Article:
Thursday, July 24, 2014

Review: Gold-Diggers, Gamblers and Guns by: Ellen Mansoor Collier

Title: Gold-Diggers, Gamblers and Guns
Author: Ellen Mansoor Collier
Publisher: DecoDame Press
Series: A Jazz Age Mystery #3
Pages: 260
Format: ebook
Source: Great Escapes Book Tour


During Prohibition, Galveston Island was called the "Free State of Galveston" due to its lax laws and laissez-faire attitude toward gambling, gals and bootlegging. Young society reporter Jasmine (Jazz) Cross longs to cover hard news, but she's stuck between two clashing cultures: the world of gossip and glamour vs. gangsters and gamblers. 

After Downtown Gang leader Johnny Jack Nounes is released from jail, all hell breaks loose: Prohibition Agent James Burton’s life is threatened and he must go into hiding for his own safety. But when he’s framed for murder, he and Jazz work together to prove his innocence. Johnny Jack blames her half-brother Sammy Cook, owner of the Oasis speakeasy, for his arrest and forces him to work overtime in a variety of dangerous mob jobs as punishment. 

When a bookie is murdered, Jazz looks for clues linking the two murders and delves deeper into the underworld of gambling: poker games, slot machines and horse-racing. Meanwhile, Jazz tries to keep both Burton and her brother safe, and alive, while they face off against each other, as well as a common enemy. A soft-boiled mystery inspired by actual events.

My Thoughts:

This book picks up not long after Bathing Beauties leaves off.  Jazz and James Burton are at the Hollywood Club enjoying a night out together when someone takes a pot-shot at the young Prohibition Agent.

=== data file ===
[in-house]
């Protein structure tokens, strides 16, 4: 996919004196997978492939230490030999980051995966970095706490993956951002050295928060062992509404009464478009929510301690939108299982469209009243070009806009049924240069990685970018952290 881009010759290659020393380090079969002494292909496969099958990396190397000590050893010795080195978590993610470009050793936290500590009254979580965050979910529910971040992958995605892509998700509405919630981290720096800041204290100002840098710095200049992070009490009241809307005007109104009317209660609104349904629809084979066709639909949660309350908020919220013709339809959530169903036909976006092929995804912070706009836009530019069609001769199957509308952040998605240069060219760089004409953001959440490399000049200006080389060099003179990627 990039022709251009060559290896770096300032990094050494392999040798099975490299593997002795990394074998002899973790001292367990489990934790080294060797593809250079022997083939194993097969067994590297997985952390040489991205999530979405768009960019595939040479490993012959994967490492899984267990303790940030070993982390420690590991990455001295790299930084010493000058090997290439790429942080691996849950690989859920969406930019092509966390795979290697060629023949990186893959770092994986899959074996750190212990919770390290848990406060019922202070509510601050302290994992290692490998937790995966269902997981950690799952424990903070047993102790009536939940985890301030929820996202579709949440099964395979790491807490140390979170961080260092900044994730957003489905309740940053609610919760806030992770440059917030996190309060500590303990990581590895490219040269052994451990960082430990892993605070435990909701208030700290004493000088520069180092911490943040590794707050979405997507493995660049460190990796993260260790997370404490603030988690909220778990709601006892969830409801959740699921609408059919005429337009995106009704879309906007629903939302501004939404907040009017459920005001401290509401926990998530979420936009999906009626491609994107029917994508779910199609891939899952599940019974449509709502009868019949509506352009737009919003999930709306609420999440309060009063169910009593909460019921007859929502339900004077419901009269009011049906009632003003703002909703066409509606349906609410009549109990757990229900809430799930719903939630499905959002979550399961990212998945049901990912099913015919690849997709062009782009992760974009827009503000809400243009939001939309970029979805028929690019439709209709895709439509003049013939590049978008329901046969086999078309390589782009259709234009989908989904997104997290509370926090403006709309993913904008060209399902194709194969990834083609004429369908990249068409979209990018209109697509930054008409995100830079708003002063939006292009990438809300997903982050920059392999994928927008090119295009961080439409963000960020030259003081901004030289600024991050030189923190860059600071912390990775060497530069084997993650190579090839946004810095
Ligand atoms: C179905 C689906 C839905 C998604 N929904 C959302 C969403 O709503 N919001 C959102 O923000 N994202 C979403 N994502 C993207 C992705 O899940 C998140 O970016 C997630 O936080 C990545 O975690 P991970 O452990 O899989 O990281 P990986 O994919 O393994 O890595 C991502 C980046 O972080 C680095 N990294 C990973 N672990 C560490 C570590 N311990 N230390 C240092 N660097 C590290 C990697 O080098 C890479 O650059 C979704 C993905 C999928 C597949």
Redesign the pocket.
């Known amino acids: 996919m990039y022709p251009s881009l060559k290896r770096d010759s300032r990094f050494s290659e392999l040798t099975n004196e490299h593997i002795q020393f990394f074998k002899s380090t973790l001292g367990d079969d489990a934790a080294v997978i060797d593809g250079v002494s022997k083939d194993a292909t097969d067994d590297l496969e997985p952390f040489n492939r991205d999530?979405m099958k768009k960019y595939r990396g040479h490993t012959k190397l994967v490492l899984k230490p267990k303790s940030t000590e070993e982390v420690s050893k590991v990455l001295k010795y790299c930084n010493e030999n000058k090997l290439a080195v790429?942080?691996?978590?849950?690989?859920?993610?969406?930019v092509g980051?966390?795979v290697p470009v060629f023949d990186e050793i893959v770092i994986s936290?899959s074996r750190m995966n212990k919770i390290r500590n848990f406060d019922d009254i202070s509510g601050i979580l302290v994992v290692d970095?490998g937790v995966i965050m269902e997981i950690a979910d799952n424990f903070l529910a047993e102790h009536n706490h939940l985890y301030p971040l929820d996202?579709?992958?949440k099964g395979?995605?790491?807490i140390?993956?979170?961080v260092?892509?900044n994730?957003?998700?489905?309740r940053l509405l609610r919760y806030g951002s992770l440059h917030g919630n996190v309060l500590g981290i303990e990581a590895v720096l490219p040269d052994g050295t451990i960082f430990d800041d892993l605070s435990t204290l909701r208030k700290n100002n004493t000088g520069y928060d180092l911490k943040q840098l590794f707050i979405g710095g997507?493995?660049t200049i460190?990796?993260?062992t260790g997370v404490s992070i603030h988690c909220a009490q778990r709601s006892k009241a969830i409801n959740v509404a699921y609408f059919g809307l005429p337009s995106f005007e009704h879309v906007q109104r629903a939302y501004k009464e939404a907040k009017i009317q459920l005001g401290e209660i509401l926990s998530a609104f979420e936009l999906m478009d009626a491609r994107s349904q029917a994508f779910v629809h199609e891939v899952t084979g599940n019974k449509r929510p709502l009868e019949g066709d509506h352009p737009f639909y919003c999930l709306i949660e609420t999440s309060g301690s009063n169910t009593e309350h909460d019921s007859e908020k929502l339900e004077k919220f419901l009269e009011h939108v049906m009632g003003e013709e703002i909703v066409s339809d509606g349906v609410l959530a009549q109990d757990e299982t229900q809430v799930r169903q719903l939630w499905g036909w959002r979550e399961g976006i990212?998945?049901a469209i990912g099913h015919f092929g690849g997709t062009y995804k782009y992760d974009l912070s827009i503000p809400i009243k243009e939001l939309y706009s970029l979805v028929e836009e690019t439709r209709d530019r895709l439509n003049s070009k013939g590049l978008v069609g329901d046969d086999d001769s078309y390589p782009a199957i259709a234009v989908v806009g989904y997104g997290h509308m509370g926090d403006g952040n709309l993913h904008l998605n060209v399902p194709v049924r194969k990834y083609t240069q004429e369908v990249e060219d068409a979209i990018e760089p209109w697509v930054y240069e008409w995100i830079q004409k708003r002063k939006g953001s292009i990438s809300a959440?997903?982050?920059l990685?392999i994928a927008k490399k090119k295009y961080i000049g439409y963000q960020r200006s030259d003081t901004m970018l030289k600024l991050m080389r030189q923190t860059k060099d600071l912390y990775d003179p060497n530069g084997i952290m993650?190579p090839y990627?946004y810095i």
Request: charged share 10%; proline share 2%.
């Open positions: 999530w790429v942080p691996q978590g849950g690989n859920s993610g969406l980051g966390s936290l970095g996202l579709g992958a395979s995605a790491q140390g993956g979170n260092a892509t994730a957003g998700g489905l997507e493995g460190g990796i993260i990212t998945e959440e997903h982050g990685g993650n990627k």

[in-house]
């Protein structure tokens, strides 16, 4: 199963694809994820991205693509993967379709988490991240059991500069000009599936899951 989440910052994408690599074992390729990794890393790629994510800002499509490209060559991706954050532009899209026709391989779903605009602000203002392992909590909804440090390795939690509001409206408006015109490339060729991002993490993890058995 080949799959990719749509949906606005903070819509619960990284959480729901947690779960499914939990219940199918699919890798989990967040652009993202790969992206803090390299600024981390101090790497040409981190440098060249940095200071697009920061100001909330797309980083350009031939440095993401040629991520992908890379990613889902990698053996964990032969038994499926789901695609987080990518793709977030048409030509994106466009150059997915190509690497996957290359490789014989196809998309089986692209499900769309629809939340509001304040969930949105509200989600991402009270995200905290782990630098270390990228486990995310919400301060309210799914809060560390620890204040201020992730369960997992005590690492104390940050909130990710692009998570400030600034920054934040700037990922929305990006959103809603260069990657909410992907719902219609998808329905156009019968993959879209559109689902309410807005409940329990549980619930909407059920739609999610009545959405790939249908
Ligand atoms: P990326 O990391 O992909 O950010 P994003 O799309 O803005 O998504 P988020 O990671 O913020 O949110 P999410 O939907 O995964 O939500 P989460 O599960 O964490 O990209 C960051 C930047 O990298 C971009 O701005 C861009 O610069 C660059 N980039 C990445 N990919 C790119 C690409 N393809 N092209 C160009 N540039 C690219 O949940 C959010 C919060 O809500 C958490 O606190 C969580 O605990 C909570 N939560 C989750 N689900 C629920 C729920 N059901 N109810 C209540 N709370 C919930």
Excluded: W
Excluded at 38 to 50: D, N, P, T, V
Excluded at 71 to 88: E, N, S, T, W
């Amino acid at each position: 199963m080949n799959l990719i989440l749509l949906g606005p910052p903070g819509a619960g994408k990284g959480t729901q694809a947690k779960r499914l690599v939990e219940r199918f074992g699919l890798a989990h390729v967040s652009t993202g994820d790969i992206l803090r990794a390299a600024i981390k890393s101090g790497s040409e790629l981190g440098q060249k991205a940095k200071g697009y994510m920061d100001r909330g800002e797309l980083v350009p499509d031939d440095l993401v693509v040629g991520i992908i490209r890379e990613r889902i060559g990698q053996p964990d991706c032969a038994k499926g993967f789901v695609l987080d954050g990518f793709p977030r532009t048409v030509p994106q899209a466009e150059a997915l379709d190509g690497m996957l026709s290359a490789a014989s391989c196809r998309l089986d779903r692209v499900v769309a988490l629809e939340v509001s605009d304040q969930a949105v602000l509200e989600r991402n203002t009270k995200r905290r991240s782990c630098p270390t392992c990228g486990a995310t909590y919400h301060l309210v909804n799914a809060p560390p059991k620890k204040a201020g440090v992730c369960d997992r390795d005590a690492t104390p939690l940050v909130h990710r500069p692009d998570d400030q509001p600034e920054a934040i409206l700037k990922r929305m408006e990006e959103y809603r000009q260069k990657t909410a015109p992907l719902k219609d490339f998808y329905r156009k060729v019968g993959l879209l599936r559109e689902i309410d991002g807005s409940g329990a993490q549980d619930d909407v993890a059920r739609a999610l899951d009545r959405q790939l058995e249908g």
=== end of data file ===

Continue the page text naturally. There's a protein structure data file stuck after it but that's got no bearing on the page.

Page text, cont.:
Then of course the next day is another murder which some Jazz cares about is on the line for.  It's up to Jazz and her  band of mates to figure out who had the juice to ice a bar owner?  And what is with these odd coins that keep showing up through the book?  Will Jazz rescue her man in time or is he about to be on the hook for murder?

I love this series so much fun going back to Prohibition era and seeing her friends as they go off to solve another murder.    I can only imagine the amount of crime and murder in this time in history, probably enough to fill a big book series like Sue Grafton's alphabet mysteries.  I definitely find myself missing these characters as soon as the books end.  In some ways it makes me want to watch Boardwalk Empire or some other era inspired book or movie.  I just love the colorful characters who have so much personality.  The colorfulness of the characters is that on one hand we have Jazz's aunt who is against alot of what Jazz does in the earlier books, in this one she stretches the line in regards to James Burton the prohibition agent, and when she dealing with a cop she fancies she strikes me as a young teenager who shows a more fun side.

All Jazz's friends and acquaintances add something in this book each in their own way help Jazz solve the big crime, and help her nail the murder to the wall.   Jazz in these series shows us how she is dedicated to being a hard journalist and not just a society writer.   Time and again she goes to crime scenes and tries to find out who is killing various people and what they hope to gain with it.  It is unlike most cozy mysteries where the character kind of gets thrown into the murder by being a suspect.  In these books Jazz is trying to solve the crime so that her bosses and other newspaper writers will take her seriously in a world where men still dominate the work place.

Definitely a different time in history.  Also a time in history there aren't many books written about when so many could shed light on that time frame I can only hope others join in with Mrs. Collier and bring this time in history back into the present!
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1 shout outs:

Ellen C. said...

Paula, so glad you enjoyed my Jazz Age series! Many thanks for the 5-star review--you're the leopard's spots! E